The Life of Owen Tudor
The Life of Owen Tudor.
Owen Tudor, a historical figure from medieval Wales, is known for his remarkable story that involves love, loyalty, and political intrigue. As a humble squire who rose to prominence, Owen Tudor’s life was intertwined with the tumultuous events of the Wars of the Roses, and his legacy would leave a lasting impact on the history of England and Wales.
Early Life and Background
Owen Tudor was born in Wales in the early 1400s, during a time of political instability in the region. Wales was a divided country, with various noble families vying for power and influence. Owen was the son of Maredudd ap Tudur, a Welsh gentleman from Penmynydd in Anglesey, and it is believed that he grew up in North Wales.
Owen’s family traced it’s lineage back to Ednyfed Fychan (died 1246), a warrior who became a important figure in Gwynedd serving the famous Welsh Prince, Llywelyn the Great. More recently, his grandfather, Tudor ap Goronwy had married the Margaret, daughter of the last male heir to the Princely House of Deheubath, one time rulers of a large area of South-West Wales. Margaret’s elder sister’s son was Owain Glyndwr, independence leader for Wales who briefly established an independent Wales between 1400 and 1405. Owen’s father, Maredudd ap Tudur, had been a prominent supporter of Owain Glyndwr and fought against the English in the ‘Glyndwr Rising’ – also known as the Welsh Revolt.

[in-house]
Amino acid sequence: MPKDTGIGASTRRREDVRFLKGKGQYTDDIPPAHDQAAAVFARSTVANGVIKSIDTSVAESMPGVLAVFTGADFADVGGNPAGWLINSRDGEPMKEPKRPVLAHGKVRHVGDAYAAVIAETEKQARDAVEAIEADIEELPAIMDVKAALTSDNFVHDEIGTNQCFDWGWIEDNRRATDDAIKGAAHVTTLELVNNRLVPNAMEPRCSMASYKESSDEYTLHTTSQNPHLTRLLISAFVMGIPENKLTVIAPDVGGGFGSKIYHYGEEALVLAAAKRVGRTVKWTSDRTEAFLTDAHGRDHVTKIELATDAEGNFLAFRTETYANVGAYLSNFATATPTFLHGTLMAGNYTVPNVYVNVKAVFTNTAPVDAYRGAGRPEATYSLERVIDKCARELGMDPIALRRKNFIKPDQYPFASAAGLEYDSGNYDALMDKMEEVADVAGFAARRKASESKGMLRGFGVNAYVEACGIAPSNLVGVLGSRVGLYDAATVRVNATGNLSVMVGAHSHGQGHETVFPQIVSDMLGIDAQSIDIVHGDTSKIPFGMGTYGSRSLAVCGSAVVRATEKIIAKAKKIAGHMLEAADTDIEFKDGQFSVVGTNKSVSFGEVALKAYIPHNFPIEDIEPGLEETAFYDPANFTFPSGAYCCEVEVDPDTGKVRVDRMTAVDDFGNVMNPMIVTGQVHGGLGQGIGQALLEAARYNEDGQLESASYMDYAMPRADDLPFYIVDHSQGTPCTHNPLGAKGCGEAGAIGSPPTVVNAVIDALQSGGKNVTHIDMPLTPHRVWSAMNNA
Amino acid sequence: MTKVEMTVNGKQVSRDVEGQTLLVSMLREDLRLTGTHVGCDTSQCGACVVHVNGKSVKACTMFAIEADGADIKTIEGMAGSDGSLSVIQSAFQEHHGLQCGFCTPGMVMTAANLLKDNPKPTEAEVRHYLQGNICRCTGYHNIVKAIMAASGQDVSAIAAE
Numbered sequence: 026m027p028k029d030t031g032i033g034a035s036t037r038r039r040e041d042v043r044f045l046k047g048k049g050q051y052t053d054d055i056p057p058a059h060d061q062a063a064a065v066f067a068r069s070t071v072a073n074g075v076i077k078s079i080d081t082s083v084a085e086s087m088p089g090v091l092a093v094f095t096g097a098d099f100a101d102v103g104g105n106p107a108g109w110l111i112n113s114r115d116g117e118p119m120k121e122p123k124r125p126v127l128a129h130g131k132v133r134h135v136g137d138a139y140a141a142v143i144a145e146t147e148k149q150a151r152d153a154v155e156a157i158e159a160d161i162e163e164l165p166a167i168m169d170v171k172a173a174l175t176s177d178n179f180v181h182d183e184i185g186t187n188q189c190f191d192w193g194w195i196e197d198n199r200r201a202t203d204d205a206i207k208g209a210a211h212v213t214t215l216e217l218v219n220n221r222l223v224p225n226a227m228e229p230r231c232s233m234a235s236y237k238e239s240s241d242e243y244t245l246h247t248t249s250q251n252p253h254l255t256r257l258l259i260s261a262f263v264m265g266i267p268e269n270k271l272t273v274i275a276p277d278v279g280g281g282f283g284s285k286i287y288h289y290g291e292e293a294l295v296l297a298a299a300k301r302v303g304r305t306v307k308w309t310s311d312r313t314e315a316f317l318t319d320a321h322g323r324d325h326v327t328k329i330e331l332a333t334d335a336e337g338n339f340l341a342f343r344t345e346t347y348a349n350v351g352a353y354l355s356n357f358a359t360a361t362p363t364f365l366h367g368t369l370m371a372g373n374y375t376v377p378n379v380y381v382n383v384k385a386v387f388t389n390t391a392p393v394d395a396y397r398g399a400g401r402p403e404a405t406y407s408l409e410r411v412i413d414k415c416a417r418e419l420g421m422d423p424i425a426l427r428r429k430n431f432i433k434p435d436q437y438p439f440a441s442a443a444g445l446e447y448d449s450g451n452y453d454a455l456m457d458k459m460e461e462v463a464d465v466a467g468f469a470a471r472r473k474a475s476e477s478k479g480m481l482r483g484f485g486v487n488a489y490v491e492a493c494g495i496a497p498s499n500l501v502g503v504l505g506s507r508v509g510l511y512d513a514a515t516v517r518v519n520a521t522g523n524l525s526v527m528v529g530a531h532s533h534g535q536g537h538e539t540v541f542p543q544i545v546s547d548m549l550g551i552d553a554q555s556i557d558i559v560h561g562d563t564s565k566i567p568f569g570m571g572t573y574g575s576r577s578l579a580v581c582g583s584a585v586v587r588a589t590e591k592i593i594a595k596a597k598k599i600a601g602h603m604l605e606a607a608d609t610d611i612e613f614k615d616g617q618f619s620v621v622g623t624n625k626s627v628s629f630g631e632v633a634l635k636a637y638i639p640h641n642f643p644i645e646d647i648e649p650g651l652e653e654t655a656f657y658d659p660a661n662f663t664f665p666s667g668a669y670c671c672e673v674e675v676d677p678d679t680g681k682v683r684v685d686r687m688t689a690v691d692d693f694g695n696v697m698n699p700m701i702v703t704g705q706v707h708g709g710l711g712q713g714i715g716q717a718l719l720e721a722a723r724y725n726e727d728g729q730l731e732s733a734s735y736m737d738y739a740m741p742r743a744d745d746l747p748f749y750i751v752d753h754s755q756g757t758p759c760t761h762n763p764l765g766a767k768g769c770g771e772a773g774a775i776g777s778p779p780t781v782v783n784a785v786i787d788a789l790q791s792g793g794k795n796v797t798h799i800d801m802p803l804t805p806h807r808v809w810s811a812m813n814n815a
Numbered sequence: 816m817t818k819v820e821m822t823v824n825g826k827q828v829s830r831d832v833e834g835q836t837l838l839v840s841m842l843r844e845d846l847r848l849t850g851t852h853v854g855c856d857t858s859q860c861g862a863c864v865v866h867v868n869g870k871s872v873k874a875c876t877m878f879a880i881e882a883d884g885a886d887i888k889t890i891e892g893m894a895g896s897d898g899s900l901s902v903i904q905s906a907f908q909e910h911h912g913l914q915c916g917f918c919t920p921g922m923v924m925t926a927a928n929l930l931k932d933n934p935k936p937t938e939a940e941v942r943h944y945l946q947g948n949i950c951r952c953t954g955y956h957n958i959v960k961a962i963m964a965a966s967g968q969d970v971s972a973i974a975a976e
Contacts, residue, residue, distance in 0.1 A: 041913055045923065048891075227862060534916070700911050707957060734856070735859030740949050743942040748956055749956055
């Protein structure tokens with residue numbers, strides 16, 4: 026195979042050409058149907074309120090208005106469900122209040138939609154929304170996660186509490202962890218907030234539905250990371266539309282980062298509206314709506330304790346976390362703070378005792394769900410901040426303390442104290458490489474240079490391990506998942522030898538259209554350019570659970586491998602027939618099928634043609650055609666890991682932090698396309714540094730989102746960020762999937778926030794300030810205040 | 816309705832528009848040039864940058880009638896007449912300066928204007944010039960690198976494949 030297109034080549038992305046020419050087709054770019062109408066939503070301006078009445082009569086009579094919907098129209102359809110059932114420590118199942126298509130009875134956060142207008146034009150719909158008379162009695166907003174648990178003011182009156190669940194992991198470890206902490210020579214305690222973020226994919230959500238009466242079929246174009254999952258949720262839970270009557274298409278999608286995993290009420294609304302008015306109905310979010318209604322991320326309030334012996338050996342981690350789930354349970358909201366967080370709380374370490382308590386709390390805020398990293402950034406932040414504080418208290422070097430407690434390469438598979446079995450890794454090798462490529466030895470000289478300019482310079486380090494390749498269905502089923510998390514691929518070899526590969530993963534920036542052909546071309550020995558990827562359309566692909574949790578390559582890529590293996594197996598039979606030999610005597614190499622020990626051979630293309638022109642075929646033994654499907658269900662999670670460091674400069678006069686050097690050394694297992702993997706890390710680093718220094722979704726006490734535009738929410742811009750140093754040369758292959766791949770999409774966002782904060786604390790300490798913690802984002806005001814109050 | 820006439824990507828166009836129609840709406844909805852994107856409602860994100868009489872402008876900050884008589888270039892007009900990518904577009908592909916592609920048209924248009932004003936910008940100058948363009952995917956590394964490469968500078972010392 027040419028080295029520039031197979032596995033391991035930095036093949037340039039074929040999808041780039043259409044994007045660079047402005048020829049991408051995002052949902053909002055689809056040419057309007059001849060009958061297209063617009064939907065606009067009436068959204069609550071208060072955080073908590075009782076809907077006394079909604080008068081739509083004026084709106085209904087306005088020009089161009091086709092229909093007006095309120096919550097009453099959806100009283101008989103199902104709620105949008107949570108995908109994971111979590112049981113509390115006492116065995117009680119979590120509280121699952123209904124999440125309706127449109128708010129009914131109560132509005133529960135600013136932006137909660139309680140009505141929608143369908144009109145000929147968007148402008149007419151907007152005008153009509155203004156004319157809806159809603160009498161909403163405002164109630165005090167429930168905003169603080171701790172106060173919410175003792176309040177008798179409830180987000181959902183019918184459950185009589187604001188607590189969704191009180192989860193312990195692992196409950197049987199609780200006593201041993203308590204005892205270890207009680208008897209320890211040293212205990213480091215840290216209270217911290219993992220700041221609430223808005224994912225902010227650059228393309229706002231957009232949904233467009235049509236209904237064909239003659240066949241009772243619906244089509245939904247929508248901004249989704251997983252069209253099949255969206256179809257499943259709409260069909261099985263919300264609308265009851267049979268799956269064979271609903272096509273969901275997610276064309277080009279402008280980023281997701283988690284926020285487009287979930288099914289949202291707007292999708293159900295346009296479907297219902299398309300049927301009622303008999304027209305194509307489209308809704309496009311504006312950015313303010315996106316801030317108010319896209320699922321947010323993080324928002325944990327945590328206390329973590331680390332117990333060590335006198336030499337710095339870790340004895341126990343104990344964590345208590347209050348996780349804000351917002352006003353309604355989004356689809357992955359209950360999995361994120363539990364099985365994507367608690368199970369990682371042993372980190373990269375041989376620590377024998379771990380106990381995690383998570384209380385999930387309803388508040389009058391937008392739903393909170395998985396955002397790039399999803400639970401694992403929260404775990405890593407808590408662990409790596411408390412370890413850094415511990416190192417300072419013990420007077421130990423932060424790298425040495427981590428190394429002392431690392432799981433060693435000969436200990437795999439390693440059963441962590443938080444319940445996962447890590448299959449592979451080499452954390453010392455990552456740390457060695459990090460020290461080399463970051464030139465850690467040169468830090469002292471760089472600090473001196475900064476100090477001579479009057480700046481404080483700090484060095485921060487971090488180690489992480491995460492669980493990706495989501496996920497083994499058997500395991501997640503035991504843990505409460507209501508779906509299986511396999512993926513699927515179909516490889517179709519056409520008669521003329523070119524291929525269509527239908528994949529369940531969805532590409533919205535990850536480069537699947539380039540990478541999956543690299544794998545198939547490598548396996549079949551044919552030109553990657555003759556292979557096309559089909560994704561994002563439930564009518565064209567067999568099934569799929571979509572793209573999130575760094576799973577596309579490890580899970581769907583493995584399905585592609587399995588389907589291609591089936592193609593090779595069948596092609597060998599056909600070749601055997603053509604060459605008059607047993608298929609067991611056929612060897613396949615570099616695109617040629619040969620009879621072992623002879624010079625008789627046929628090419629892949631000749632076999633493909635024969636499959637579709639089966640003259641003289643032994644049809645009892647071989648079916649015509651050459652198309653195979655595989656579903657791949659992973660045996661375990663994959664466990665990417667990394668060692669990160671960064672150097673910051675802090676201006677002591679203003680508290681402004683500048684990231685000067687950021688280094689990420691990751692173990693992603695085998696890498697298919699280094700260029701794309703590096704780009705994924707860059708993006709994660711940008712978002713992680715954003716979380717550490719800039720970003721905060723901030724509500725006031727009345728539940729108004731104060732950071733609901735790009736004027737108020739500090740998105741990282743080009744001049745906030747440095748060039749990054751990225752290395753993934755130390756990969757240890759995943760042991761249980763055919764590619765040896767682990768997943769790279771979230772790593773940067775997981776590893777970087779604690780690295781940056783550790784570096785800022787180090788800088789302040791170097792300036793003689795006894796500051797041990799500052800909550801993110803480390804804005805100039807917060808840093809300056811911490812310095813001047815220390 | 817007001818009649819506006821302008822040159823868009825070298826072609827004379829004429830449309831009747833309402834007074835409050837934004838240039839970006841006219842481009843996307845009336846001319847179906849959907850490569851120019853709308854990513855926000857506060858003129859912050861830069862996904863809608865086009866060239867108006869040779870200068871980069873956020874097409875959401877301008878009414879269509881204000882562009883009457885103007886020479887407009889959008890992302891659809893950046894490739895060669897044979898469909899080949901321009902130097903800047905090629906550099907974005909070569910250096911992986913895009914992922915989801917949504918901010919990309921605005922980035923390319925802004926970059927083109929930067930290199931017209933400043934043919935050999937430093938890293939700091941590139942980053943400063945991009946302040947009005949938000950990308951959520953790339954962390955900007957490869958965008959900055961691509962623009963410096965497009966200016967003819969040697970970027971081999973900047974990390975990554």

The Tudor family managed to remain one of the more powerful welsh families after the failure of the Glyndwr Rising and they went on to serve the English Crown in it’s aftermath.
Rise to Prominence
Owen Tudor’s life took a dramatic turn when he directly entered the service of an English noble. He became a squire in the household of the powerful, Sir Walter Hungerford. Later he served in the household of Queen Catherine of Valois, the wife of King Henry V of England. It is said that Owen Tudor caught the attention of the queen with his good looks, charm, and courtly manners, and their relationship soon blossomed into a secret romance. It isn’t entirely clear what Owen’s role in the household had been and this part of his life is subject to speculation. It may have been that he was the keeper of her wardrobe, that he was an esquire to Henry V, that he fell into the Queen’s lap whilst dancing or that she grew attracted to him after watching him swimming.
Love and Marriage
Henry V died on 31st August 1422 and Catherine was widowed. Initially Catherine lived with her infant son, who was King Henry VI, before the moved to Wallingford Castle when his reign began. Despite the significant social and political differences between Owen Tudor and Catherine of Valois, they fell in love and eventually married in secret, around 1428. Their union resulted in the birth of several children, Edward, Edmund and Jasper Tudor, the later two would play significant roles in the Wars of the Roses.
Owen Tudor’s marriage to Catherine of Valois caused a stir in the English court and led to political intrigue. After the death of King Henry V in 1422, Catherine’s son, Henry VI, was an infant, and the regency was in the hands of powerful nobles and it was period of considerable uncertainty. Owen Tudor’s marriage to Catherine provided him some protection but this ended with her death and he was imprisoned in Newgate Prison in London. He escaped in 1438 but was recaptured and held by the Constable of Windsor Castle. However, the following year he eventually gained his freedom and was pardoned by Henry VI who restored his family lands. Owen was provided with a pension by Henry VI amounting to £100 per year – he was created the Keeper of the Kings Parks in Denbigh.